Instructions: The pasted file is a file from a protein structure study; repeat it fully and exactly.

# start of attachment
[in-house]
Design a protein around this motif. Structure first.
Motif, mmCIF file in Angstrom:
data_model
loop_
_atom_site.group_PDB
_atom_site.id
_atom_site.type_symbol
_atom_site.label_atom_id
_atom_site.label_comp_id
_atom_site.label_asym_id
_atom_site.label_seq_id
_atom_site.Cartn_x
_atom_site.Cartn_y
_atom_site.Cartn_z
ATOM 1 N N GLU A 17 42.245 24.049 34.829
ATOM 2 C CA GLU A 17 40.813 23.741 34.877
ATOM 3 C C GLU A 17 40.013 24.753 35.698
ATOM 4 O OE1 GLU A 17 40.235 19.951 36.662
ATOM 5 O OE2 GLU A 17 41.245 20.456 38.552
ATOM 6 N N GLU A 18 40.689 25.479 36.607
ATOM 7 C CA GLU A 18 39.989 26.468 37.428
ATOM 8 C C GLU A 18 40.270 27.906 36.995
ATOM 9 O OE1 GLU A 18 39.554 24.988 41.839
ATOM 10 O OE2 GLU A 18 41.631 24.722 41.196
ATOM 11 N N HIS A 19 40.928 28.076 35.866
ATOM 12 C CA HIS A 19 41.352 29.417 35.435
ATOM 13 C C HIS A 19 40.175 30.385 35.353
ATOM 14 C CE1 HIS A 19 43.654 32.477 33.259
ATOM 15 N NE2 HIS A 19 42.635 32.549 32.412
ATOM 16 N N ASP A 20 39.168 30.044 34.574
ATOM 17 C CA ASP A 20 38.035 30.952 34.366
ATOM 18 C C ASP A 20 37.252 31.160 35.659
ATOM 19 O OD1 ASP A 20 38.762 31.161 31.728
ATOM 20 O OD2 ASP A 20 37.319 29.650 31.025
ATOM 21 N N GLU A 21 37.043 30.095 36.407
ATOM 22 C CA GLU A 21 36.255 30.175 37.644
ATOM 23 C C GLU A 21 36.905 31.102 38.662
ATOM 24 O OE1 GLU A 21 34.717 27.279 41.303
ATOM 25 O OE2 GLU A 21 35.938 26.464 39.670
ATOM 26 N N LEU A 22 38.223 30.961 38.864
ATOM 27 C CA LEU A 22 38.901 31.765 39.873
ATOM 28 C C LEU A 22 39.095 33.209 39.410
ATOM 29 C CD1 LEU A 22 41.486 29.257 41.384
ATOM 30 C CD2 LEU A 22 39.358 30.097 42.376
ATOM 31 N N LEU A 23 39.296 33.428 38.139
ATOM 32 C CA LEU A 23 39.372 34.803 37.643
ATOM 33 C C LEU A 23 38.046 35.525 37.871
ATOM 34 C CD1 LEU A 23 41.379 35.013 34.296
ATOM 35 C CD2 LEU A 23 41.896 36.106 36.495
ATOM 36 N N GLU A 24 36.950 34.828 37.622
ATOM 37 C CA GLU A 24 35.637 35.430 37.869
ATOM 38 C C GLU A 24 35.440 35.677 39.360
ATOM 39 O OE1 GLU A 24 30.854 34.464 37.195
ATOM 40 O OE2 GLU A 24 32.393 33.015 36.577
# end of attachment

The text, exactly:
[in-house]
Design a protein around this motif. Structure first.
Motif, mmCIF file in Angstrom:
data_model
loop_
_atom_site.group_PDB
_atom_site.id
_atom_site.type_symbol
_atom_site.label_atom_id
_atom_site.label_comp_id
_atom_site.label_asym_id
_atom_site.label_seq_id
_atom_site.Cartn_x
_atom_site.Cartn_y
_atom_site.Cartn_z
ATOM 1 N N GLU A 17 42.245 24.049 34.829
ATOM 2 C CA GLU A 17 40.813 23.741 34.877
ATOM 3 C C GLU A 17 40.013 24.753 35.698
ATOM 4 O OE1 GLU A 17 40.235 19.951 36.662
ATOM 5 O OE2 GLU A 17 41.245 20.456 38.552
ATOM 6 N N GLU A 18 40.689 25.479 36.607
ATOM 7 C CA GLU A 18 39.989 26.468 37.428
ATOM 8 C C GLU A 18 40.270 27.906 36.995
ATOM 9 O OE1 GLU A 18 39.554 24.988 41.839
ATOM 10 O OE2 GLU A 18 41.631 24.722 41.196
ATOM 11 N N HIS A 19 40.928 28.076 35.866
ATOM 12 C CA HIS A 19 41.352 29.417 35.435
ATOM 13 C C HIS A 19 40.175 30.385 35.353
ATOM 14 C CE1 HIS A 19 43.654 32.477 33.259
ATOM 15 N NE2 HIS A 19 42.635 32.549 32.412
ATOM 16 N N ASP A 20 39.168 30.044 34.574
ATOM 17 C CA ASP A 20 38.035 30.952 34.366
ATOM 18 C C ASP A 20 37.252 31.160 35.659
ATOM 19 O OD1 ASP A 20 38.762 31.161 31.728
ATOM 20 O OD2 ASP A 20 37.319 29.650 31.025
ATOM 21 N N GLU A 21 37.043 30.095 36.407
ATOM 22 C CA GLU A 21 36.255 30.175 37.644
ATOM 23 C C GLU A 21 36.905 31.102 38.662
ATOM 24 O OE1 GLU A 21 34.717 27.279 41.303
ATOM 25 O OE2 GLU A 21 35.938 26.464 39.670
ATOM 26 N N LEU A 22 38.223 30.961 38.864
ATOM 27 C CA LEU A 22 38.901 31.765 39.873
ATOM 28 C C LEU A 22 39.095 33.209 39.410
ATOM 29 C CD1 LEU A 22 41.486 29.257 41.384
ATOM 30 C CD2 LEU A 22 39.358 30.097 42.376
ATOM 31 N N LEU A 23 39.296 33.428 38.139
ATOM 32 C CA LEU A 23 39.372 34.803 37.643
ATOM 33 C C LEU A 23 38.046 35.525 37.871
ATOM 34 C CD1 LEU A 23 41.379 35.013 34.296
ATOM 35 C CD2 LEU A 23 41.896 36.106 36.495
ATOM 36 N N GLU A 24 36.950 34.828 37.622
ATOM 37 C CA GLU A 24 35.637 35.430 37.869
ATOM 38 C C GLU A 24 35.440 35.677 39.360
ATOM 39 O OE1 GLU A 24 30.854 34.464 37.195
ATOM 40 O OE2 GLU A 24 32.393 33.015 36.577